Even though your kids won't have questions simply by seeing him on Dancing with the Stars, there are two ways they could come up with questions about Chaz Bono. First, they could hear someone on Fox News harping on it, which prompts the following question: Why are you letting your kids watch Fox News? Studies show that kids in the US are falling farther behind in their critical thinking skills. Programming of the type and quality that Fox News serves up is part of the problem. You can actually harm your kids' intelligence if you expose them to Fox News for any purpose other than (1) comedic relief, (2) a quick popular chemistry tutorial on the various shades of blond that are attainable through the use of artificial hair coloring products, or (3) an opportunity to observe shrewish she-jackal Gretchen Carlson in her natural habitat.
The second way your kids could have questions about Chaz Bono is if they heard about him from you. In that case a good question to ask yourself is why are you talking to your kids about Chaz Bono’s gender identity struggle if you are so worried about them knowing about it?
As parents, we size up and quantify risks to our kids all the time. We try to protect our kids from dangers that threaten their chances of growing up to be healthy adults. But we also need to be able to discern between real risks and fauxney risks. In my view, a real risk is that intolerance, insensitivity or bigotry modeled by parents could sentence kids to a life of suffering from the same crippling limitations. A fauxney risk, on the other hand, is that watching a Dancing with the Stars episode with Chaz Bono will make them want to have transgender surgery, or that watching Tom DeLay on that same show will make them want to dress like a flamboyant flag waver and launder a bunch of money.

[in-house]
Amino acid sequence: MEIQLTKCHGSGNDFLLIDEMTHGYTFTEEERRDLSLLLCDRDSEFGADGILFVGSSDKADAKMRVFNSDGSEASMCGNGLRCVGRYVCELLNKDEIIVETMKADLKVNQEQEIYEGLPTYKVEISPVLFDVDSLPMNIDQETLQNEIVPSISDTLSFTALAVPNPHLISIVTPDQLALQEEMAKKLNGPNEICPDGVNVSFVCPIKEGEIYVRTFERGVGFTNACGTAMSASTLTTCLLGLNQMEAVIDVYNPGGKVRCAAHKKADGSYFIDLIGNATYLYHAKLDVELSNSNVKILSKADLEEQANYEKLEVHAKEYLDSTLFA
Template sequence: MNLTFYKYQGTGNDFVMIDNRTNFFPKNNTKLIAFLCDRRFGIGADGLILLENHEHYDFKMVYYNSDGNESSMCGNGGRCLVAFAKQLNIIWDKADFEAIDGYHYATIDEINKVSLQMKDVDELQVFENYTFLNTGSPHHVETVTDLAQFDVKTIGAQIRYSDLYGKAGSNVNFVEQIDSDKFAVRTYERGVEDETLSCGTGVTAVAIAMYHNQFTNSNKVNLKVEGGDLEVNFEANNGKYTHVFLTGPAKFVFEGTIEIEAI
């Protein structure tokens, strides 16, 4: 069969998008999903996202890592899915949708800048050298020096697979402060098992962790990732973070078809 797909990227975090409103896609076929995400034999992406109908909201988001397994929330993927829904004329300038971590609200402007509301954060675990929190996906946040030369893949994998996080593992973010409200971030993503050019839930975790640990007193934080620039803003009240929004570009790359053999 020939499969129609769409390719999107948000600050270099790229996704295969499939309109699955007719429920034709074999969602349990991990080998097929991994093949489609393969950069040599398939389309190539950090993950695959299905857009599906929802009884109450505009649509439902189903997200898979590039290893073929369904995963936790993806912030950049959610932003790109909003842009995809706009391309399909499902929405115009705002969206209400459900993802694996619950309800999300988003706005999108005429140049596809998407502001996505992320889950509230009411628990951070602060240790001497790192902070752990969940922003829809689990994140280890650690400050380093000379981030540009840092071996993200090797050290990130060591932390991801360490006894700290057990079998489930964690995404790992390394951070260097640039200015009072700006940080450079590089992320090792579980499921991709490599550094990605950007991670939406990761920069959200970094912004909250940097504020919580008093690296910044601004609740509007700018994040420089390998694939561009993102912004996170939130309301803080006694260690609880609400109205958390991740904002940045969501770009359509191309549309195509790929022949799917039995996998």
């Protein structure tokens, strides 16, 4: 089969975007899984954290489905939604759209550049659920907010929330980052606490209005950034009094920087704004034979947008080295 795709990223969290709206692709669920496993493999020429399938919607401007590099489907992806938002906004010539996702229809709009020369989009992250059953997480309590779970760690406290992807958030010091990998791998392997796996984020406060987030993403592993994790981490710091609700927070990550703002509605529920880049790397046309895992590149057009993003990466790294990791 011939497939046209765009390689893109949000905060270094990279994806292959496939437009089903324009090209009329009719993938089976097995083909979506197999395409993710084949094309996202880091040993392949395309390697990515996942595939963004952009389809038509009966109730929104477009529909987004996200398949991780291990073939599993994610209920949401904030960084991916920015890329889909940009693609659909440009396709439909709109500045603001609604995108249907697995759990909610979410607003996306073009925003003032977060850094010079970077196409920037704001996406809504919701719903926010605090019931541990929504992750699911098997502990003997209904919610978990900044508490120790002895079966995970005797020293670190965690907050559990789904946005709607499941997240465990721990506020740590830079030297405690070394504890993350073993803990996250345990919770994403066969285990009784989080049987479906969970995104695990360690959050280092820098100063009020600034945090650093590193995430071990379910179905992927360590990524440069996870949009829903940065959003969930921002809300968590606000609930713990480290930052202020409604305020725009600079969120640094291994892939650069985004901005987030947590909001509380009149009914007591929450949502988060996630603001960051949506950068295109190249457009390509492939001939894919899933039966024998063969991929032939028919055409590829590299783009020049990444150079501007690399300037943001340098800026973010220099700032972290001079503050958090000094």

And as for the risk that watching Chaz Bono might make kids want have their arms amputated or have tails fashioned out of flesh from their abdomens, I have one last question—and this one’s for “Dr.” Ablow: As Seth Meyers and Amy Poehler might ask, “Really?” Thanks for the warning, “Doc,” but I’m pretty confident I won’t need any fancy footwork to dance around that “danger.”
Maybe we should have an intervention for “Dr.” Ablow. Then, with the right people and a carefully thought-out treatment plan, we could try to find a tiny spark of compassion and a trace of common sense and nurture them into a adult-size portions of empathy and reason. On second thought, this is the guy who thinks transgender surgery is like having your arms amputated. As Emily Litella would say, “Never mind.”